It is not from the benevolence of the butcher, the brewer, or the baker that we expect our dinner, but from their regard to their own interest.
– Adam Smith
There are 9 major different schools of Economics

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Classical Economics (liberal economics): asserts that markets function best with minimal government intervention. It was developed in the late 18th and early 19th century by Adam Smith, Jean-Baptiste Say, David Ricardo, Thomas Robert Malthus, and John Stuart Mill.

Classical economists observe that markets generally regulate themselves, when free of coercion. Adam Smith referred to this as a metaphorical “invisible hand,” which refers to the notion that private incentives– the profit motive are aligned with society welfare maximization as each individual works towards self interest. Additionally, Smith stressed the importance of competition and was against monopolies.

It is based on private ownership and a laissez-faire approach.


The theory of Communism may be summed up in one sentence: Abolish all private property.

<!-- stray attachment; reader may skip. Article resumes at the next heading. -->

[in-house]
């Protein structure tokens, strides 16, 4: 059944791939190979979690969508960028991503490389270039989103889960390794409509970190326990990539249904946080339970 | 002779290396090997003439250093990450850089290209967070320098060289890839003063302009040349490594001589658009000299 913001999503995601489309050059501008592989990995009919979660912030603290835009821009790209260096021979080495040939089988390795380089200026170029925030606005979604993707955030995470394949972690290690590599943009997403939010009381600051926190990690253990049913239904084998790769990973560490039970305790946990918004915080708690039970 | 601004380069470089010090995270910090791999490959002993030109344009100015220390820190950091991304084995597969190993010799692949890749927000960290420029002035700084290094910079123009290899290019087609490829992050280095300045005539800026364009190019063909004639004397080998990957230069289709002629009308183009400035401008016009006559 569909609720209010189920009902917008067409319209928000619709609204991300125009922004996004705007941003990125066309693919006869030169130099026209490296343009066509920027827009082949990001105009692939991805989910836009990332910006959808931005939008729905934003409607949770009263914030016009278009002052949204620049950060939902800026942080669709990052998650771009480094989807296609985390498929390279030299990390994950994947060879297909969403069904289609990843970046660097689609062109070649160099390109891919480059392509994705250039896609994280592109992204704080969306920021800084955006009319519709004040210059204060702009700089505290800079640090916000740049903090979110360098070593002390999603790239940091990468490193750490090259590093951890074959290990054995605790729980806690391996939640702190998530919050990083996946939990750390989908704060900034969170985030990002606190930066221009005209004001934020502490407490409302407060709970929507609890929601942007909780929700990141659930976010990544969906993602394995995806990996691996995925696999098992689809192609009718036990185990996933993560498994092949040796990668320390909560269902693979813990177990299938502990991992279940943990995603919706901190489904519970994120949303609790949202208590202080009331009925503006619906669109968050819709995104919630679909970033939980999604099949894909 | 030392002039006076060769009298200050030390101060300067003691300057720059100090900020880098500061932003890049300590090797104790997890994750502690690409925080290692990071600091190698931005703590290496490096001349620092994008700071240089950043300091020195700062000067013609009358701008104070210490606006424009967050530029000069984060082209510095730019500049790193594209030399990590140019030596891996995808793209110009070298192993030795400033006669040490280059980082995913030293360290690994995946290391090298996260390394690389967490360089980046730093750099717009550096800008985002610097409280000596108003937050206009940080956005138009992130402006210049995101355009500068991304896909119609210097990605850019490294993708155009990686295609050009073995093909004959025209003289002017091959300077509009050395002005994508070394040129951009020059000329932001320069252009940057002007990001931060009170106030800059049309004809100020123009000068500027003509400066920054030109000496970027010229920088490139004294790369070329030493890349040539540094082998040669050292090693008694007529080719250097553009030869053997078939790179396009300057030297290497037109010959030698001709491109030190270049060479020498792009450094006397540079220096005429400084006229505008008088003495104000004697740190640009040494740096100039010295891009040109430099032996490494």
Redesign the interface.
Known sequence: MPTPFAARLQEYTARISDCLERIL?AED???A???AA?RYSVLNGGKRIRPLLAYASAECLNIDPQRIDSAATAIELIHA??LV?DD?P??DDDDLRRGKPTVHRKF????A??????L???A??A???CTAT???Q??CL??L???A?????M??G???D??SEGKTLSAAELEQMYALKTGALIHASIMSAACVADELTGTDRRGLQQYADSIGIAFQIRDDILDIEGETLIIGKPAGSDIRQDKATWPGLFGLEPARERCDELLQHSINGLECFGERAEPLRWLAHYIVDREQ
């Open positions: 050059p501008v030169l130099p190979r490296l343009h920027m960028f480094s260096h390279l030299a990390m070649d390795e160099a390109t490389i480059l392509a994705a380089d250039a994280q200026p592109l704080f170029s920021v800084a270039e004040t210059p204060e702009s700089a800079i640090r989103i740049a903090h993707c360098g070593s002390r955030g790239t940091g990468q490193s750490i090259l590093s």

-Karl Marx
Marxist Economics: Marxists believe that the transition from capitalism to socialism is an inevitable part of the development of human society. Karl Marx and Friedrich Engels believed that there would be a class struggle which would cause society’s inevitable development from bourgeois oppression under capitalism to a socialist and ultimately classless society- Communism (socialism) would be born.
In the long run we are all dead.
-John Maynard Keynes

Keynesian Economics: John Maynard Keynes during the Great Depression developed the various theories about how in the short run, and especially during recessions, economic output is strongly influenced by aggregate demand (total spending in the economy). Rather than self interest he said people are influenced by animal spirits.

Keynesian economists often argue that private sector decisions sometimes lead to inefficient macroeconomic outcomes which require active policy responses by the public sector, in particular, monetary policy actions by the central bank and fiscal policy actions by the government, in order to stabilize output over the business cycle.

Keynesian economics advocates a mixed economy.